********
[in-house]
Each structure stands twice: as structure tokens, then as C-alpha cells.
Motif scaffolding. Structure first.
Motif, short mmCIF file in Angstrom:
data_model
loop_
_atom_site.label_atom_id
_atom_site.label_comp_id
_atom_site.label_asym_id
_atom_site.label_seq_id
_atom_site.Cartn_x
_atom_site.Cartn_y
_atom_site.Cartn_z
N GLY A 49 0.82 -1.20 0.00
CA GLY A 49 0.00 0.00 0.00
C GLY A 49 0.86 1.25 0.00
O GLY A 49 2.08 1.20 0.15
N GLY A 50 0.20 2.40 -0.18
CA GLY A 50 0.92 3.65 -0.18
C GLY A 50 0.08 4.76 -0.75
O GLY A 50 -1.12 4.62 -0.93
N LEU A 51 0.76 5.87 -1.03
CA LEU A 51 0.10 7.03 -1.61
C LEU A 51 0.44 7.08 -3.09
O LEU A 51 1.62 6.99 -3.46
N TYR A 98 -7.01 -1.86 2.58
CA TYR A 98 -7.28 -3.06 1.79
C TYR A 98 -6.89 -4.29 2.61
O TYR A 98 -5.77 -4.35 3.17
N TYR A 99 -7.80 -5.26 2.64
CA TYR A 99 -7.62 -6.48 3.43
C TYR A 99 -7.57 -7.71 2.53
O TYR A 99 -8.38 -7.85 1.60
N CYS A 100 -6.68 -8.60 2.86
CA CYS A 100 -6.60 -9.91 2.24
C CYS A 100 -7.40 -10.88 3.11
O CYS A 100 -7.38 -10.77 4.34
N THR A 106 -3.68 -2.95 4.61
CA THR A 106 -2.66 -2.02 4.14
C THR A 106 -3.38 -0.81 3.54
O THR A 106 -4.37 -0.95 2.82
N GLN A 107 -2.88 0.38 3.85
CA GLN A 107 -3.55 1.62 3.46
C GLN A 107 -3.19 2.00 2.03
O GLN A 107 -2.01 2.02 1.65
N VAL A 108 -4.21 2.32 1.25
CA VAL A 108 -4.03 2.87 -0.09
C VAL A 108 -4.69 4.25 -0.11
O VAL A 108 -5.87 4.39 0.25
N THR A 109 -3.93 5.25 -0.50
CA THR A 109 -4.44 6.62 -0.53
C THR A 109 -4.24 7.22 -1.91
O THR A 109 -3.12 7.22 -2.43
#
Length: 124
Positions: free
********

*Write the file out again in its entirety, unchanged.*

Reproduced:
[in-house]
Each structure stands twice: as structure tokens, then as C-alpha cells.
Motif scaffolding. Structure first.
Motif, short mmCIF file in Angstrom:
data_model
loop_
_atom_site.label_atom_id
_atom_site.label_comp_id
_atom_site.label_asym_id
_atom_site.label_seq_id
_atom_site.Cartn_x
_atom_site.Cartn_y
_atom_site.Cartn_z
N GLY A 49 0.82 -1.20 0.00
CA GLY A 49 0.00 0.00 0.00
C GLY A 49 0.86 1.25 0.00
O GLY A 49 2.08 1.20 0.15
N GLY A 50 0.20 2.40 -0.18
CA GLY A 50 0.92 3.65 -0.18
C GLY A 50 0.08 4.76 -0.75
O GLY A 50 -1.12 4.62 -0.93
N LEU A 51 0.76 5.87 -1.03
CA LEU A 51 0.10 7.03 -1.61
C LEU A 51 0.44 7.08 -3.09
O LEU A 51 1.62 6.99 -3.46
N TYR A 98 -7.01 -1.86 2.58
CA TYR A 98 -7.28 -3.06 1.79
C TYR A 98 -6.89 -4.29 2.61
O TYR A 98 -5.77 -4.35 3.17
N TYR A 99 -7.80 -5.26 2.64
CA TYR A 99 -7.62 -6.48 3.43
C TYR A 99 -7.57 -7.71 2.53
O TYR A 99 -8.38 -7.85 1.60
N CYS A 100 -6.68 -8.60 2.86
CA CYS A 100 -6.60 -9.91 2.24
C CYS A 100 -7.40 -10.88 3.11
O CYS A 100 -7.38 -10.77 4.34
N THR A 106 -3.68 -2.95 4.61
CA THR A 106 -2.66 -2.02 4.14
C THR A 106 -3.38 -0.81 3.54
O THR A 106 -4.37 -0.95 2.82
N GLN A 107 -2.88 0.38 3.85
CA GLN A 107 -3.55 1.62 3.46
C GLN A 107 -3.19 2.00 2.03
O GLN A 107 -2.01 2.02 1.65
N VAL A 108 -4.21 2.32 1.25
CA VAL A 108 -4.03 2.87 -0.09
C VAL A 108 -4.69 4.25 -0.11
O VAL A 108 -5.87 4.39 0.25
N THR A 109 -3.93 5.25 -0.50
CA THR A 109 -4.44 6.62 -0.53
C THR A 109 -4.24 7.22 -1.91
O THR A 109 -3.12 7.22 -2.43
#
Length: 124
Positions: free